In Ohio v. Sauceman, from 2000, deals with a woman charged with selling alcohol on a Sunday, but the case hinges on the procedural aspects of her case, not on the validity of the law.

And, as far as I can tell, those are the only relevant state cases involving Ohio’s blue laws.

However, I did find among the notes for a SCOTUS case, McGowan v. Maryland, 366 U.S. 420 (1961), the following:
“A state Sunday closing law does not violate the equal protection clause of the Fourteenth Amendment because it excepts the retail sale of certain products, such as tobacco, food, and gasoline, or because other statutes provide for additional exceptions, for instance, by permitting various amusements, including games of chance, where the record is barren of any indication that the legislature could not reasonably find that the Sunday sale of the exempted commodities was necessary either for the health of the populace or for the enhancement of the recreational atmosphere of the day, that the statutory distinctions were invidious, or that local tradition and custom might not rationally call for this legislative treatment; the fact that the exemptions deny some vendors and operators the day of rest and recreation contemplated by the legislature does not render the statute violative of equal protection.”

All of which means… well, nothing. The above makes absolutely no sense- it basically exempts blue laws from even the rational basis test, the lowest level of scrutiny to which a court can subject a possibly unconstitutional piece of legislation. Plus, the ruling was issued in 1961, and although it appears to be good law, I would imagine today’s SCOTUS would overturn precedent here in a second.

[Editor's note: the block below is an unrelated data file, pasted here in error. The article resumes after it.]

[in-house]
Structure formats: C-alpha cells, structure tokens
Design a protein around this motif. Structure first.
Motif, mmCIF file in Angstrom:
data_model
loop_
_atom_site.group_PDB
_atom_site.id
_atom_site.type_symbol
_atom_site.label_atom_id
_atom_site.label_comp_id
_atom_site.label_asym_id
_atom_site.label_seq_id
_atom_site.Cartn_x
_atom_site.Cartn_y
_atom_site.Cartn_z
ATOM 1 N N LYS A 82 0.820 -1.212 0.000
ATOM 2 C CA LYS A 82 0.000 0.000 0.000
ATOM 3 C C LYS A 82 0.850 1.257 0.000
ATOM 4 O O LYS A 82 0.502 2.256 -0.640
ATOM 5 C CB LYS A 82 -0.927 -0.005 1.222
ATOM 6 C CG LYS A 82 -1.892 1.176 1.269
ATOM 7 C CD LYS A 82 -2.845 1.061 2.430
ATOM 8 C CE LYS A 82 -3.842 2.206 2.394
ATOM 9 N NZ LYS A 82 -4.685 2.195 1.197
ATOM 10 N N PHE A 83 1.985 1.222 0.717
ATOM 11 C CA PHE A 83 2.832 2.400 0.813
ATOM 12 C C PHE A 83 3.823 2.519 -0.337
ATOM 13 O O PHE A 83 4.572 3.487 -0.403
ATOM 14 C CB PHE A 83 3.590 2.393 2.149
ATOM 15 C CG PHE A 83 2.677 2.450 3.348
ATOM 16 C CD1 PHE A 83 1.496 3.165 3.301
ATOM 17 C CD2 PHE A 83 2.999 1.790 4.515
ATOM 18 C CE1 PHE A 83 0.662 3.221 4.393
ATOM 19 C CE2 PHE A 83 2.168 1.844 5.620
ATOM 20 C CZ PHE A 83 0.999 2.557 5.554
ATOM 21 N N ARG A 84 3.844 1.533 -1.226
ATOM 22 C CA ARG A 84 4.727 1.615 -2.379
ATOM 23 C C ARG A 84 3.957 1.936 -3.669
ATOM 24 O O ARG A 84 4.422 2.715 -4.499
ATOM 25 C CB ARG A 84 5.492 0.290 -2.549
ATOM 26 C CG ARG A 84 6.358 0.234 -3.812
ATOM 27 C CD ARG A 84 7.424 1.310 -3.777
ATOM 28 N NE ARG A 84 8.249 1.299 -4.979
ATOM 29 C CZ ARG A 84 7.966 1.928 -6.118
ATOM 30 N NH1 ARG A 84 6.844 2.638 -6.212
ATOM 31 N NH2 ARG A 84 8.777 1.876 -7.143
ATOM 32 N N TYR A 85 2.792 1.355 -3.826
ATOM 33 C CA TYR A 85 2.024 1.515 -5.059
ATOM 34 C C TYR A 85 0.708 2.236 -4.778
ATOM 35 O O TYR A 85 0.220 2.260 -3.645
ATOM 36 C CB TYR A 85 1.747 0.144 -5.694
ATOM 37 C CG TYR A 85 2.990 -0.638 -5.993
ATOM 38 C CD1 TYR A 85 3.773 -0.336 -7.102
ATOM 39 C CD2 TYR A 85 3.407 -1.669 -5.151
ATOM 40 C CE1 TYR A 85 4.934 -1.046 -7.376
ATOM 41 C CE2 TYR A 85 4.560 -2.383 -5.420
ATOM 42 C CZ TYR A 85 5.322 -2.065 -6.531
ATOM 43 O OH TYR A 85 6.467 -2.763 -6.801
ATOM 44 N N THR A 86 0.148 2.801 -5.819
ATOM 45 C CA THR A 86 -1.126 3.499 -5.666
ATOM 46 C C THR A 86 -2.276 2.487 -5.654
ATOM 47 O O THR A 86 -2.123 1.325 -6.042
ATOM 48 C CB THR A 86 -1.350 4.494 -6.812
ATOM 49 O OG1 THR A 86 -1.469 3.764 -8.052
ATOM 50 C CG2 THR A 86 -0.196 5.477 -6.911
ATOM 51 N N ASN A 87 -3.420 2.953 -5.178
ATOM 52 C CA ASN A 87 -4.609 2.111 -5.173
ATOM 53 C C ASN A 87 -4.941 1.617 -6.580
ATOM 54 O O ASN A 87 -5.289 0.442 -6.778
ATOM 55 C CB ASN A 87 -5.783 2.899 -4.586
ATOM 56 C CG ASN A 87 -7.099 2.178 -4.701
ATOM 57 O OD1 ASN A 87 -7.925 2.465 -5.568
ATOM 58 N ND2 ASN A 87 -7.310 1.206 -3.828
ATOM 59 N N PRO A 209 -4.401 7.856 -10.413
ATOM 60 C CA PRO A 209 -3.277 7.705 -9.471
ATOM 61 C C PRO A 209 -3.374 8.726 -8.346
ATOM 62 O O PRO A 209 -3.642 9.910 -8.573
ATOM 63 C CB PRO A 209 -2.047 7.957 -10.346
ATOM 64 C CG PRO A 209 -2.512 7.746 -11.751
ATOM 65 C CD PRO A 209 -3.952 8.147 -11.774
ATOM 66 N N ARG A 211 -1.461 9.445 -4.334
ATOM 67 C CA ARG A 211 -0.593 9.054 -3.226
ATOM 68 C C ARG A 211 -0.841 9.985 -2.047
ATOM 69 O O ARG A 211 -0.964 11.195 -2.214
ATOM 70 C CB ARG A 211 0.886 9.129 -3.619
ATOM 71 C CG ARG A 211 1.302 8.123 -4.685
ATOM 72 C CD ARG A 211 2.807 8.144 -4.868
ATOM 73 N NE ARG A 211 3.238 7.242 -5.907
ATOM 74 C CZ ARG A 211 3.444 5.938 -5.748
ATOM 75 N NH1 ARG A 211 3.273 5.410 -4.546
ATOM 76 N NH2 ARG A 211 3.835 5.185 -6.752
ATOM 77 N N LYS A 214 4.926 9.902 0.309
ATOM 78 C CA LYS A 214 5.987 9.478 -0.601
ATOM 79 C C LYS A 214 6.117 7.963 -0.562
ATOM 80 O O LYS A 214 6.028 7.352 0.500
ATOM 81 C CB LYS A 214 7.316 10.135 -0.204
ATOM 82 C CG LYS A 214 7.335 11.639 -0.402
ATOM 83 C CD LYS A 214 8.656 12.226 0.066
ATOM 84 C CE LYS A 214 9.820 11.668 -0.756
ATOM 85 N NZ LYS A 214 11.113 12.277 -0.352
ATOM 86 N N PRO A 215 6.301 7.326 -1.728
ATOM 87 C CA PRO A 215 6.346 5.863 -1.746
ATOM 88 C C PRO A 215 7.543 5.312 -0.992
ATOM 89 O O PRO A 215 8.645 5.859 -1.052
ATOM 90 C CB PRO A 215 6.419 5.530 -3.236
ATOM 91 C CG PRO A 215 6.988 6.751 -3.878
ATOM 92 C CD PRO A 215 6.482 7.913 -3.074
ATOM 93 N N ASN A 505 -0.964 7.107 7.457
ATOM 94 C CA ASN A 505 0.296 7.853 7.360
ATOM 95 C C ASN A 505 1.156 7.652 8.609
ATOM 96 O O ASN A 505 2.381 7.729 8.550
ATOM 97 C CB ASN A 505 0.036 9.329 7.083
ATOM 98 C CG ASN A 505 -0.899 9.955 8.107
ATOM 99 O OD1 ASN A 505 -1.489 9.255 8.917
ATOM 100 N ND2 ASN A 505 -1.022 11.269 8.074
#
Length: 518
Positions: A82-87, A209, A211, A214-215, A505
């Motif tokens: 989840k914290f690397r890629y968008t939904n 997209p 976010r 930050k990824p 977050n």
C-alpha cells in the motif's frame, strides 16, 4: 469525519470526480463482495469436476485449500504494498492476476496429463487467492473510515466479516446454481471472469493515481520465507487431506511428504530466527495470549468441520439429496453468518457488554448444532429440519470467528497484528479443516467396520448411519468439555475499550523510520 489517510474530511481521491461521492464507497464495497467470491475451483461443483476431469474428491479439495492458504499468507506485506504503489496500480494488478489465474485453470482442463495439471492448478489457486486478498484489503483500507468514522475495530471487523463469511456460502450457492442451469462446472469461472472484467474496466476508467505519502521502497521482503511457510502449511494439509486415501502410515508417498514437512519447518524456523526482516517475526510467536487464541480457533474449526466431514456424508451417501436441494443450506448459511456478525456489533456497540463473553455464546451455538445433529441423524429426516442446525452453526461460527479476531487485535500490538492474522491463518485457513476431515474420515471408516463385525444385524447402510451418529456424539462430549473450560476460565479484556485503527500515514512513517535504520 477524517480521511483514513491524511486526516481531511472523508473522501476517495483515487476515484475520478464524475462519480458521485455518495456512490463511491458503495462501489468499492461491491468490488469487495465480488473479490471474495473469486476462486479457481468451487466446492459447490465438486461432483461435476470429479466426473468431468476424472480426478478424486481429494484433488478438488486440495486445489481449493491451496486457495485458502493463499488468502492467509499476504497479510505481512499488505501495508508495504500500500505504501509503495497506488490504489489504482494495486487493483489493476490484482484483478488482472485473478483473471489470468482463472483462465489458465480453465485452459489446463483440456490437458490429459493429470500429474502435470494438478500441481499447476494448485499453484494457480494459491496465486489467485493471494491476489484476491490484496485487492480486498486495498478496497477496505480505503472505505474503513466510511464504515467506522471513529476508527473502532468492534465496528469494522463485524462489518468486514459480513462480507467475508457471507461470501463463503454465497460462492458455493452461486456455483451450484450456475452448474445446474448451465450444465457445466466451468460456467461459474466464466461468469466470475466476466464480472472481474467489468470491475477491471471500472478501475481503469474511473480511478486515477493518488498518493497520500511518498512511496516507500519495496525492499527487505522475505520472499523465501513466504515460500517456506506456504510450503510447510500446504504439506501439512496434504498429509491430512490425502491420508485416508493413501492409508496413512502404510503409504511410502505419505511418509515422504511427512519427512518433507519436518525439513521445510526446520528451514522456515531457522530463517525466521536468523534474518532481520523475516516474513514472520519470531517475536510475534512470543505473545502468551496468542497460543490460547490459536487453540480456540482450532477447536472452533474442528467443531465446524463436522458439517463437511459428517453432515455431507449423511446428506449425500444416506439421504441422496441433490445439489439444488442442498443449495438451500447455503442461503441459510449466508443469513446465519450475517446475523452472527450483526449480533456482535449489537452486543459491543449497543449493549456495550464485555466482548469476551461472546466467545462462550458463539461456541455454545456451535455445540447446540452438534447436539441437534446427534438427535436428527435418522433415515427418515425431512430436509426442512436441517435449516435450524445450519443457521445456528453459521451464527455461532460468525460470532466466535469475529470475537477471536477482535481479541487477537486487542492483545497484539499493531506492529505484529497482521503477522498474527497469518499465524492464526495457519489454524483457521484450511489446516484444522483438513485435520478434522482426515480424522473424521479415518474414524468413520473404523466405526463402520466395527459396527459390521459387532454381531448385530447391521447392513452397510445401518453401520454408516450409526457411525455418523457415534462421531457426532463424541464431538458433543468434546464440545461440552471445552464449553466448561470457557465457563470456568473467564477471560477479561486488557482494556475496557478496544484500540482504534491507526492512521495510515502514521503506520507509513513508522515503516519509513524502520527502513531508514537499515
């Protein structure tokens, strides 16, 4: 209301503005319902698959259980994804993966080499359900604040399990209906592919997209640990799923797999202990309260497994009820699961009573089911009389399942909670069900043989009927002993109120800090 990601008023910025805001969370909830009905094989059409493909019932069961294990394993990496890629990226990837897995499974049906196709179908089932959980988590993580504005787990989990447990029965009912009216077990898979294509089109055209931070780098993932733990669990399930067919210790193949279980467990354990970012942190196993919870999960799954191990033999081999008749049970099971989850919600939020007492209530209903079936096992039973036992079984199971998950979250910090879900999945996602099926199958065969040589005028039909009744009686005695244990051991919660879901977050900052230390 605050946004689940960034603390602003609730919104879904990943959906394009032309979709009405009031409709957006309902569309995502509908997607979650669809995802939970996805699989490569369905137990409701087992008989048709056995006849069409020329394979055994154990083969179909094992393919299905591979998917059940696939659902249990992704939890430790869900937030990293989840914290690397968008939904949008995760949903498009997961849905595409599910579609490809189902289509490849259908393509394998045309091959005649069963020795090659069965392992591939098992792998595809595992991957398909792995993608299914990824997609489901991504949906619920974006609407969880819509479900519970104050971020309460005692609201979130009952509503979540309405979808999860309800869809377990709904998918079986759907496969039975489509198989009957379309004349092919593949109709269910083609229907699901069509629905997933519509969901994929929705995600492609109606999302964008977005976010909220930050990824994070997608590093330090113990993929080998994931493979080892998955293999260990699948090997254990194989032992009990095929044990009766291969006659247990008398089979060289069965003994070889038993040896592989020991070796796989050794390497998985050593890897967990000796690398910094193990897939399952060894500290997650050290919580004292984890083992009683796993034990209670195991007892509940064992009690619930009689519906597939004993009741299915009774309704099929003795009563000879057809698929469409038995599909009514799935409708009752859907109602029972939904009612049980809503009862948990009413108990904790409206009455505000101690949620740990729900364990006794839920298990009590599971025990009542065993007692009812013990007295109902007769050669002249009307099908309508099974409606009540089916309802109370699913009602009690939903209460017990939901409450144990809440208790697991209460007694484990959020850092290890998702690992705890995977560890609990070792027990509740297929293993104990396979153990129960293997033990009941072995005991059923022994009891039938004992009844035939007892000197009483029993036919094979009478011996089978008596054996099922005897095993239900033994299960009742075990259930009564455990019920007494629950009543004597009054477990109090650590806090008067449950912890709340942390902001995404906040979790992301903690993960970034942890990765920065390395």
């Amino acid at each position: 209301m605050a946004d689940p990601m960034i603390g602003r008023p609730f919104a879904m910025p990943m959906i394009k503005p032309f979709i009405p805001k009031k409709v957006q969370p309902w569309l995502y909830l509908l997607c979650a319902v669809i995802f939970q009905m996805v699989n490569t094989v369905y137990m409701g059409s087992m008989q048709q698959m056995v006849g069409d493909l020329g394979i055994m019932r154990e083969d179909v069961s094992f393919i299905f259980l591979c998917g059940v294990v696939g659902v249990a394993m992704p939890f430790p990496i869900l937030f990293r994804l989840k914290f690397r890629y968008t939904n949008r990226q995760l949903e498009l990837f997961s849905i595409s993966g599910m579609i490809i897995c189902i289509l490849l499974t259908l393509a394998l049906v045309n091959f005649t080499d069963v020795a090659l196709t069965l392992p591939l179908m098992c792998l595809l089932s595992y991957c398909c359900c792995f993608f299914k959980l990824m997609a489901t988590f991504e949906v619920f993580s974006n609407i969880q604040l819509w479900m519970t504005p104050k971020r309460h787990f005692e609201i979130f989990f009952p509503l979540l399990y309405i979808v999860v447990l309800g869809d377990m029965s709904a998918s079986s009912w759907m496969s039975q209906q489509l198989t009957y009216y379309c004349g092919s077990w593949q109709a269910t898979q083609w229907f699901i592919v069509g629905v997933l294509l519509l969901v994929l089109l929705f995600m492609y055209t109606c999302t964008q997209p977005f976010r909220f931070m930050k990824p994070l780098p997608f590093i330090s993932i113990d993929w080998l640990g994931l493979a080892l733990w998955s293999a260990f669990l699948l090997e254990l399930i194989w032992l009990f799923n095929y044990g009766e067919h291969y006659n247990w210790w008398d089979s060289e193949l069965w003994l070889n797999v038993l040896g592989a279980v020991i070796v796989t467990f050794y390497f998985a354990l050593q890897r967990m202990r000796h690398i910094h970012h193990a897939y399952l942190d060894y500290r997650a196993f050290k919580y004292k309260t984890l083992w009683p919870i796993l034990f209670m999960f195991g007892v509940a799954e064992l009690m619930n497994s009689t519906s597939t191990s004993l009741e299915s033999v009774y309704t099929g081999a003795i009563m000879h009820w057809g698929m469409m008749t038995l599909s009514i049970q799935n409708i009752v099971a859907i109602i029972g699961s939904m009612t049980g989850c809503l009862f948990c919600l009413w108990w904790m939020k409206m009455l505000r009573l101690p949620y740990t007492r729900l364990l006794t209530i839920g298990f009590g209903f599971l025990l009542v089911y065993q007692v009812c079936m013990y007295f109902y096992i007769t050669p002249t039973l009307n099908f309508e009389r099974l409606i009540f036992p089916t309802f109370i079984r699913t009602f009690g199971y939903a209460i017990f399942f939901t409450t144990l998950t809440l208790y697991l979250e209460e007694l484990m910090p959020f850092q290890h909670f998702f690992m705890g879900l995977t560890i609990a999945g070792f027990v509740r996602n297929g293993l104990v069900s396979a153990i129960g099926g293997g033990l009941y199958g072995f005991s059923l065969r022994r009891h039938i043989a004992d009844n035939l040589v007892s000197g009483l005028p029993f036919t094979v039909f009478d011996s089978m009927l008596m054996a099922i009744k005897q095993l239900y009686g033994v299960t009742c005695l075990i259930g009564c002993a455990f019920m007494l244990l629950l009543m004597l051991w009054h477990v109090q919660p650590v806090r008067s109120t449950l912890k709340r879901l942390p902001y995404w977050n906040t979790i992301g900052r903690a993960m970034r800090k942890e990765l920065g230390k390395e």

Of course, IANAL, and I take no responsibility in the event you decide to make yourselves a test case :stuck_out_tongue:

I thought “challenging the law” was being used to mean asking the courts to decide that it conflicts with a previous or higher law, and thus nullify it; if it’s a matter of changing the law by getting whatever body is in charge of deciding laws to change their mind, then shoot.

But the answer seems to be it is likely to break the church-state separation thing… which I guess is actually a reasonable answer.

If this “particular license” can be bought by any retailer, it is not discriminatory. On what basis are “a few stores” given special waivers? Religious? You have to determine that to determine if that is a rational basis. As Otto pointed out, these “blue laws” appear on first blush to being subject to being declared unconstitutional. However, I did some research.

That case is not directly on point. Here’s a case more on point:

So, you really have to examine the precise language of the laws. Most likely, they were enacted with language to allow their enforcement.